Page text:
Waseca County, Minnesota
Eumorpha fasciatus (rare stray),
October 19, 2007 courtesy of Roxanne Goodrich.
This page is inspired by and dedicated to Roxanne
Goodrich who sent me the image of the Eumorpha fasciatus moth
from Waseca County, October 19, 2007, as depicted at the
top of this page.
"My boys and I really enjoyed
your site. We found a Vine Sphinx Moth last night. We are in
Southern Minnesota. How rare is it for us to find one this far north?
Anything we should do?"
In her intial email there was no picture attached and I wrote back,
"I do not think the Vine Sphinx (Eumorpha vitis) is known to
fly in Minnesota, especially this late in the season.
I think it is more likely that you have seen Hyles lineata. My
Sphingidae of Minnesota page is at
I am also not sure if you have seen a moth or are referring to a caterpillar.
If you could send me an electronic image, that would be super. What
was the moth doing when you saw it?
"Sometimes in the fall, the migrating Sphinx species ride strong
southerly winds and up in the more northerly states so I cannot rule
out the possibility that you did indeed see a vine sphinx.
"Glad you are enjoying the site. Thanks for thinking of me."
Roxanne subsequently sent the images that let me identify the moth
as Eumorpha fasciatus which is very similar in appearance to
the Vine Sphinx. As far as I know, this is the first time E. fasciatus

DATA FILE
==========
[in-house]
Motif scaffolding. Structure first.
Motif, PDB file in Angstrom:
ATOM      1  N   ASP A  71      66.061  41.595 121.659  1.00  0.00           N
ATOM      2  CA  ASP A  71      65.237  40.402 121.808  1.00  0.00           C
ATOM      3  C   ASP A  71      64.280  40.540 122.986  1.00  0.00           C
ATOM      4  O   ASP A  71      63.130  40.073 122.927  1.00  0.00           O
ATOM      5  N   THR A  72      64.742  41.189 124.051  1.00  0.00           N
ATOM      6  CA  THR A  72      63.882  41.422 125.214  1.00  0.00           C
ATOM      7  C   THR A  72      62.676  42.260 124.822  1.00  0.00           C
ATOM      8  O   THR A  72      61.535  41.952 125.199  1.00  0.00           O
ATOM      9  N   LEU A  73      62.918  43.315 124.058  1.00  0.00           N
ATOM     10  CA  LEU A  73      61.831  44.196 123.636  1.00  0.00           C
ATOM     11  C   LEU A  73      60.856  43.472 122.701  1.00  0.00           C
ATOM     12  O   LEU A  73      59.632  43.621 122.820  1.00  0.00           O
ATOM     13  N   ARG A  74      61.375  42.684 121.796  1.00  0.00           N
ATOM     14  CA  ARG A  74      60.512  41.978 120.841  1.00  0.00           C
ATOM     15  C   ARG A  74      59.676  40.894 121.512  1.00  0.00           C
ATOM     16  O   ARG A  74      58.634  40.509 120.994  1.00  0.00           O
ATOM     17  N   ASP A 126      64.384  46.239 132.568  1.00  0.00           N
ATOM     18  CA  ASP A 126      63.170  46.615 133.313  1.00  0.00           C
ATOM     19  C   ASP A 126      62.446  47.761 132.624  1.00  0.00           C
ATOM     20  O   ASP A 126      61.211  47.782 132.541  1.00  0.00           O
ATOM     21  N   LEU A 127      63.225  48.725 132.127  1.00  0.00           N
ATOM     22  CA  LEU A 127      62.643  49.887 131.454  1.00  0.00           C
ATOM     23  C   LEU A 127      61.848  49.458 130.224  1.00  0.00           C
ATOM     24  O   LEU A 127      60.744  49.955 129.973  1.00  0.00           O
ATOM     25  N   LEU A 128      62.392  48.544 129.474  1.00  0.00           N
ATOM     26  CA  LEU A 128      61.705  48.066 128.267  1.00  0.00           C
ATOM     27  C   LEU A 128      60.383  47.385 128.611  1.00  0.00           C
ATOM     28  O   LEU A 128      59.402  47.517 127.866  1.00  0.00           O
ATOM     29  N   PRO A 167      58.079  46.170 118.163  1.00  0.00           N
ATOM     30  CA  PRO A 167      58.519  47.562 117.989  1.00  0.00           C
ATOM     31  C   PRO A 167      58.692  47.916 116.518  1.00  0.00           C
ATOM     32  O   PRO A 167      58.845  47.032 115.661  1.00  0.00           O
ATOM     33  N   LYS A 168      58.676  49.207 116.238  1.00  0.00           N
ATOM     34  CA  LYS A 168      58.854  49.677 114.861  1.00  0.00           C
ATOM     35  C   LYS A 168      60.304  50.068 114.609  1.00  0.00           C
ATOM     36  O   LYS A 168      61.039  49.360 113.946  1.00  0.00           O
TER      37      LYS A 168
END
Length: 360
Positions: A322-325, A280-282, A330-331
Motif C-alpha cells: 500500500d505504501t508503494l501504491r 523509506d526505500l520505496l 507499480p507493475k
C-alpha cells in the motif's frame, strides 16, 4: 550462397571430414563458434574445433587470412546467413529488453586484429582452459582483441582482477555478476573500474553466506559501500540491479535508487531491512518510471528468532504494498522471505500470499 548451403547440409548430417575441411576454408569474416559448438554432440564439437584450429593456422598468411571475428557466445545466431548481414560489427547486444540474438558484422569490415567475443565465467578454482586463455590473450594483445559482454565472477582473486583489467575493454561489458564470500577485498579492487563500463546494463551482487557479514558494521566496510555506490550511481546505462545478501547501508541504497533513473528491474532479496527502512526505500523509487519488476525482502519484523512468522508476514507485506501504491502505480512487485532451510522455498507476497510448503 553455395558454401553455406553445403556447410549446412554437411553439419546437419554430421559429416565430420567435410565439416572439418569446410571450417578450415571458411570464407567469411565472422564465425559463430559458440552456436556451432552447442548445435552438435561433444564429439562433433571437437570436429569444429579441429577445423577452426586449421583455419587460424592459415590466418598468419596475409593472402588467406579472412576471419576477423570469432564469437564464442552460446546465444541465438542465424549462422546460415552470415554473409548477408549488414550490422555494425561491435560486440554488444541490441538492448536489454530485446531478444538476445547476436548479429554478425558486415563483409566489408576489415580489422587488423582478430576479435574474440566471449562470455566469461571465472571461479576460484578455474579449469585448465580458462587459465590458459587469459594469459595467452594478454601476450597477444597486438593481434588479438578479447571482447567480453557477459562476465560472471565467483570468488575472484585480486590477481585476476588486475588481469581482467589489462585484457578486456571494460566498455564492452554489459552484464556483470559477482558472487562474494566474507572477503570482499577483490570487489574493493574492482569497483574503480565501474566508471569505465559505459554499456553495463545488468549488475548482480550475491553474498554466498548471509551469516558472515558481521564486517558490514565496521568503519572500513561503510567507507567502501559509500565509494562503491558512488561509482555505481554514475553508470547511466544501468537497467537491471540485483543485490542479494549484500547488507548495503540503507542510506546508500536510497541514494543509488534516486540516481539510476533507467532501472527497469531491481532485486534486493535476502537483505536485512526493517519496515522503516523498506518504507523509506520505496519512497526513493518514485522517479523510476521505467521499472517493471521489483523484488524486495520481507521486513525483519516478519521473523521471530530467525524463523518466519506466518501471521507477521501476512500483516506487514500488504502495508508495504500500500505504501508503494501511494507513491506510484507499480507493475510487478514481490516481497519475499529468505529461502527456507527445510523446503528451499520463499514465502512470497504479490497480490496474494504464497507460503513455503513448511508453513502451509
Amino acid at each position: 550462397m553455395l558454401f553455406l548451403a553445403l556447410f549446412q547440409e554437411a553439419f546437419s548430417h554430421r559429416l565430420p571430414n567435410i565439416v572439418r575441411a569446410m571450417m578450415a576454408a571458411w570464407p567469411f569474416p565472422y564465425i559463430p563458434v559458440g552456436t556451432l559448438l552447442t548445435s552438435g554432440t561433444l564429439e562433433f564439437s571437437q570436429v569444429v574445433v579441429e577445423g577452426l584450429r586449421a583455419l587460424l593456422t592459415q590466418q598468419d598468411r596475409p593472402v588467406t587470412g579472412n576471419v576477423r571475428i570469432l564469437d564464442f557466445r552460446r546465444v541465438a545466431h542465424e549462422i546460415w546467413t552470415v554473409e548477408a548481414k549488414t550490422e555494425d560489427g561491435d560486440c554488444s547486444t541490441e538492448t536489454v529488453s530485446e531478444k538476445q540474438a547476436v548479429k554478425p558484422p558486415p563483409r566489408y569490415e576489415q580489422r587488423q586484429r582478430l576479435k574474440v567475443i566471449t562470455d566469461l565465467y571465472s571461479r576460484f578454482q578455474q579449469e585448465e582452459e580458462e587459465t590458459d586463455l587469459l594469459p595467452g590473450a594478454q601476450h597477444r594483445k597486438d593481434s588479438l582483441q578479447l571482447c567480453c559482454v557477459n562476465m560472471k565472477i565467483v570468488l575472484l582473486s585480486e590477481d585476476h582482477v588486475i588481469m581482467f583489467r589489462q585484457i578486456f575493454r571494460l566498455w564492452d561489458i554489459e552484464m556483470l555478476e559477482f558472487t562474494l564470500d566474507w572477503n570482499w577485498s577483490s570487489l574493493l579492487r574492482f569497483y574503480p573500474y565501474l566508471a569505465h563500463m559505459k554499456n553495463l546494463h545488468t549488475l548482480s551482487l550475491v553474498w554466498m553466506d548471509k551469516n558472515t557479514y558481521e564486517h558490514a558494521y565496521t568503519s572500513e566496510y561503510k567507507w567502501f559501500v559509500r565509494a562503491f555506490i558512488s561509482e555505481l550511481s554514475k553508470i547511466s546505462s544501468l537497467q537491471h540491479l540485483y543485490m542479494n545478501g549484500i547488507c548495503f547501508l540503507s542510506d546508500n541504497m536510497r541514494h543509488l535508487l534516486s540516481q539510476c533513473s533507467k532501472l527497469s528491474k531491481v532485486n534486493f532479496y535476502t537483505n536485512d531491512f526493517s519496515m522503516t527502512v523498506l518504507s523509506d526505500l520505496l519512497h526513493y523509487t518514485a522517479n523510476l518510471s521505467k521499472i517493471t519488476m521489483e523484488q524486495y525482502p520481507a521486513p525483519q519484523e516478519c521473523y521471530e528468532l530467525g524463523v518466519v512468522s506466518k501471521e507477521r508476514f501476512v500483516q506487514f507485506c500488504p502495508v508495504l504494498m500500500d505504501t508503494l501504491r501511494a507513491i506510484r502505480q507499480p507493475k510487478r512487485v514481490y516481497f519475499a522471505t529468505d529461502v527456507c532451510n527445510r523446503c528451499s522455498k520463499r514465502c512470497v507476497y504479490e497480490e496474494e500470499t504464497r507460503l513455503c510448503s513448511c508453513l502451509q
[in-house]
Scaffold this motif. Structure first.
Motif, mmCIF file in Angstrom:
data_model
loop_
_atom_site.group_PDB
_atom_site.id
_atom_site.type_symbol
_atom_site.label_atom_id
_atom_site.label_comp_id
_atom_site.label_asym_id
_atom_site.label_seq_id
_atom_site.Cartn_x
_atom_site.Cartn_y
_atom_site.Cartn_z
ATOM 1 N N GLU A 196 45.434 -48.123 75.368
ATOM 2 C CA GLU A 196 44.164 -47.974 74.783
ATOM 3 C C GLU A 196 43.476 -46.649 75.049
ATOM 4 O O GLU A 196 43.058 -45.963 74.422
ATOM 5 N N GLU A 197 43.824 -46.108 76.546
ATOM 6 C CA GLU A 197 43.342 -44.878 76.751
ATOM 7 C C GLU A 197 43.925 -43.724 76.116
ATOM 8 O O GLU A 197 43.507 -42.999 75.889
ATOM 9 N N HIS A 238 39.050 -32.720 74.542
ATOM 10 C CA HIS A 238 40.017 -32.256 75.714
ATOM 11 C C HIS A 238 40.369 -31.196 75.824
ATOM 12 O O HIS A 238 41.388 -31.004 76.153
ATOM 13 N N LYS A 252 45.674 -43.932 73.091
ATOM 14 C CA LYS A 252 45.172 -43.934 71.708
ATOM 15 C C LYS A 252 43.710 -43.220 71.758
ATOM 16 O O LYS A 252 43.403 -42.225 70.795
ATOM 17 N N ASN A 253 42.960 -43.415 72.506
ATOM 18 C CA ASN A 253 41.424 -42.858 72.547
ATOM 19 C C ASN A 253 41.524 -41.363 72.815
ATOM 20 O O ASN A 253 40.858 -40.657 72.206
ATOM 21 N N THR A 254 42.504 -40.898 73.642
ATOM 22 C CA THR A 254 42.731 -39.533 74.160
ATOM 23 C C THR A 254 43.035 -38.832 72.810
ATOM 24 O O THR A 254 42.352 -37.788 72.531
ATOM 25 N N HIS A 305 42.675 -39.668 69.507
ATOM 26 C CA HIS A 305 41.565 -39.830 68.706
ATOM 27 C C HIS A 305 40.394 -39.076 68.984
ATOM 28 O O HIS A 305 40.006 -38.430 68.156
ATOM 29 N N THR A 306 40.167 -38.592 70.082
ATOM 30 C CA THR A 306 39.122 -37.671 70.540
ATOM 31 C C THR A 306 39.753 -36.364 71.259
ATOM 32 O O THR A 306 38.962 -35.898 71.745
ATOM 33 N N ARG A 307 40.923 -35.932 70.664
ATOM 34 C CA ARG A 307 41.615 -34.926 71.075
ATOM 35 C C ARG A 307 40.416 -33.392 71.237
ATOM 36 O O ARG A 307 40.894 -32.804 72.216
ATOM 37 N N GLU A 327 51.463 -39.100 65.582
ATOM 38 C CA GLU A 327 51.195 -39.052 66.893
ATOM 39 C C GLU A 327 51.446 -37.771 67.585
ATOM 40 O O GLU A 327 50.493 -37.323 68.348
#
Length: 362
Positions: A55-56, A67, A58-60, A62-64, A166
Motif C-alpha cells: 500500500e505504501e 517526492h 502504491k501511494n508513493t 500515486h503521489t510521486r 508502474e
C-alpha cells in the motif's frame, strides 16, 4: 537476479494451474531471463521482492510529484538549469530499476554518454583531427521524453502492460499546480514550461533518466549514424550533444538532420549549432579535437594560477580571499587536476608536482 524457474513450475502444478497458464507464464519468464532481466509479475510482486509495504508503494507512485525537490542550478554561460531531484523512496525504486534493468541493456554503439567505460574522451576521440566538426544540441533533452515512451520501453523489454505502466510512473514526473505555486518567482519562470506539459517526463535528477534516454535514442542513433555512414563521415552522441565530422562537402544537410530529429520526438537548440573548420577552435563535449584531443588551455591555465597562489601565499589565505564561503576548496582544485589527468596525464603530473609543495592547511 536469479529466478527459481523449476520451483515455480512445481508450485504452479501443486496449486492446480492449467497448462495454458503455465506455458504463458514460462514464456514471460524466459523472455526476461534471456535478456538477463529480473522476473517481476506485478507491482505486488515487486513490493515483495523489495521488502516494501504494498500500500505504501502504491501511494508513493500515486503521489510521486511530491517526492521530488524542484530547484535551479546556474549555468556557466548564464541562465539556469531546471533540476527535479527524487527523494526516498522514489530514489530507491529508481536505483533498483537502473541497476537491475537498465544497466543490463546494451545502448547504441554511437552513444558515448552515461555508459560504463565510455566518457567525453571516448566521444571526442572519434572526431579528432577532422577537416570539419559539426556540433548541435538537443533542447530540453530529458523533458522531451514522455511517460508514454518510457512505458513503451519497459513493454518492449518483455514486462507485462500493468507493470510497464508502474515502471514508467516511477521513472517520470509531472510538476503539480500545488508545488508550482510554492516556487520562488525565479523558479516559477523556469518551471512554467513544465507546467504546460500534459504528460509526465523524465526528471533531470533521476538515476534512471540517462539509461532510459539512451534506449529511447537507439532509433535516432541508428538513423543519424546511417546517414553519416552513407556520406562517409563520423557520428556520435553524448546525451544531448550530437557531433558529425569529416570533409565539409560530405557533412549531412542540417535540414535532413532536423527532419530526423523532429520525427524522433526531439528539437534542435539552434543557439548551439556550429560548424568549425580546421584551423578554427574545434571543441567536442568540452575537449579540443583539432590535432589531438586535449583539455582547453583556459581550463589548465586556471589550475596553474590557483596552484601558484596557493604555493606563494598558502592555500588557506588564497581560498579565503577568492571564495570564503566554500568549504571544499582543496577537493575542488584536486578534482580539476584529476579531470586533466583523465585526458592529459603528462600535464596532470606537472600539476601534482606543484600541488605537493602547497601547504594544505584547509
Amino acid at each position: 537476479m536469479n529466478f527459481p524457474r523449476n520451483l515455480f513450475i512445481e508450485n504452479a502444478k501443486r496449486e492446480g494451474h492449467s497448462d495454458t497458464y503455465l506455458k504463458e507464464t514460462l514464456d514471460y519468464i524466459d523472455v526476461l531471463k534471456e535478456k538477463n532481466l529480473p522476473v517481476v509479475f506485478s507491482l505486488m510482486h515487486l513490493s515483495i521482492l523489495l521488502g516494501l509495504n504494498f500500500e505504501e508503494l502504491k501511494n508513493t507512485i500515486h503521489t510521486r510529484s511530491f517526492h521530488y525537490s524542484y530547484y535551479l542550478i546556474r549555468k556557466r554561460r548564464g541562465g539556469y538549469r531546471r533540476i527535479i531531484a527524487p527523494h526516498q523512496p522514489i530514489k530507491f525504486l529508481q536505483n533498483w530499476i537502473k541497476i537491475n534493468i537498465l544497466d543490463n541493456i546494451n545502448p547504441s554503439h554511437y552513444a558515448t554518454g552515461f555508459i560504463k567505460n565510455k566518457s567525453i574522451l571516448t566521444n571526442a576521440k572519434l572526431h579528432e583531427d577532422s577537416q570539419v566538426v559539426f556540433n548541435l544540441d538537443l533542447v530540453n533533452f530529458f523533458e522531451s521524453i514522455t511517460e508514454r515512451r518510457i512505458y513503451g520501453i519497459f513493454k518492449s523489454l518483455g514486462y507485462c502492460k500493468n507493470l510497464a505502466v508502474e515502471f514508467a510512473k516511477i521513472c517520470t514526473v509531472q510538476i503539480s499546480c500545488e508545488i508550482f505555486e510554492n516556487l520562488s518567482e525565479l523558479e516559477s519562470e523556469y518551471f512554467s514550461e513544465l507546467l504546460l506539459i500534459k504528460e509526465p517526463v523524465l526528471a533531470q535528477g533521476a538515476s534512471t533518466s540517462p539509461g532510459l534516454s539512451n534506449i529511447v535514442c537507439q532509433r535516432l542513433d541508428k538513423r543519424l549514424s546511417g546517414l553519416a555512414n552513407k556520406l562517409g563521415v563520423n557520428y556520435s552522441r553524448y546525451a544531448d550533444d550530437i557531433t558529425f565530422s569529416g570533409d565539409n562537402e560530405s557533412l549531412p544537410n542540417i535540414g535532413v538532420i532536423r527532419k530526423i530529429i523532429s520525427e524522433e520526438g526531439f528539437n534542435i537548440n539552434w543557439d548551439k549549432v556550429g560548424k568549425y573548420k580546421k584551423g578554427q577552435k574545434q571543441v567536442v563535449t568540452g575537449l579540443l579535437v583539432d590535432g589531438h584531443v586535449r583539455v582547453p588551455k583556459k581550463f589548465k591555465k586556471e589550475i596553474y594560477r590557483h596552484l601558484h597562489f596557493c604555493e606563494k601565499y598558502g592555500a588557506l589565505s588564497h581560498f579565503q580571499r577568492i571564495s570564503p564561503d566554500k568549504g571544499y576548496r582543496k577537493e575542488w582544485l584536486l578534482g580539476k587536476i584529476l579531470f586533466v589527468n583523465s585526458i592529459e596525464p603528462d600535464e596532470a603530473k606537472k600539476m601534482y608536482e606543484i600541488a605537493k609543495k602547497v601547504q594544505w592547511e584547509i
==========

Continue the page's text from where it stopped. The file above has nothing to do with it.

has been reported in Minnesota, and it probably does not reproduce there,
occuring only as a rare stray.
Only twelve Sphingidae species are listed for Minnesota on the U.S.G.S.
website. None of the species are reported in
Waseca County. It is hoped that this checklist, with the thumbnails
and notes, will help you quickly identify the moths you are likely to
A "WO" after the species name indicates that
I have no confirmed reports of this species in your county, but I
(William Oehlke) expect that this moth is present or
might be present. I have included many species not on the
USGS list for Minnesota; I believe they are or might be present
A "USGS" indicates the
moth is reported in Lepidoptera of North America,
#1. Distribution of Silkmoths (Saturniidae) and Hawkmoths (Sphingidae)
of Eastern North America,
an excellent little booklet available through Paul Opler.
Please help me develop this list with improved, documented accuracy by
sending sightings (species, date, location), preferably with an
electronic image, via email to
the Elm Sphinx or Four-horned Sphinx
The upperside of the forewing is brown with dark brown and white
markings including a white costal area near the wing base, dark
streaks along the veins, and a white spot in the cell. The upperside
of the hindwing is light brown and has a dark brown band along the
The upperside of the forewing is pale brownish gray with wavy black
and white lines and a black-outlined white cell spot. The upperside
of the hindwing is gray with diffuse darker bands.
The upperside of the forewing is gray with heavy black bands. The
upperside of the hindwing is brownish gray with no markings.
WO the Five-spotted Hawkmoth.
The moth abdomen usually has five but sometimes six pairs of yellow
bands. The upperside of the forewing is blurry brown and gray. The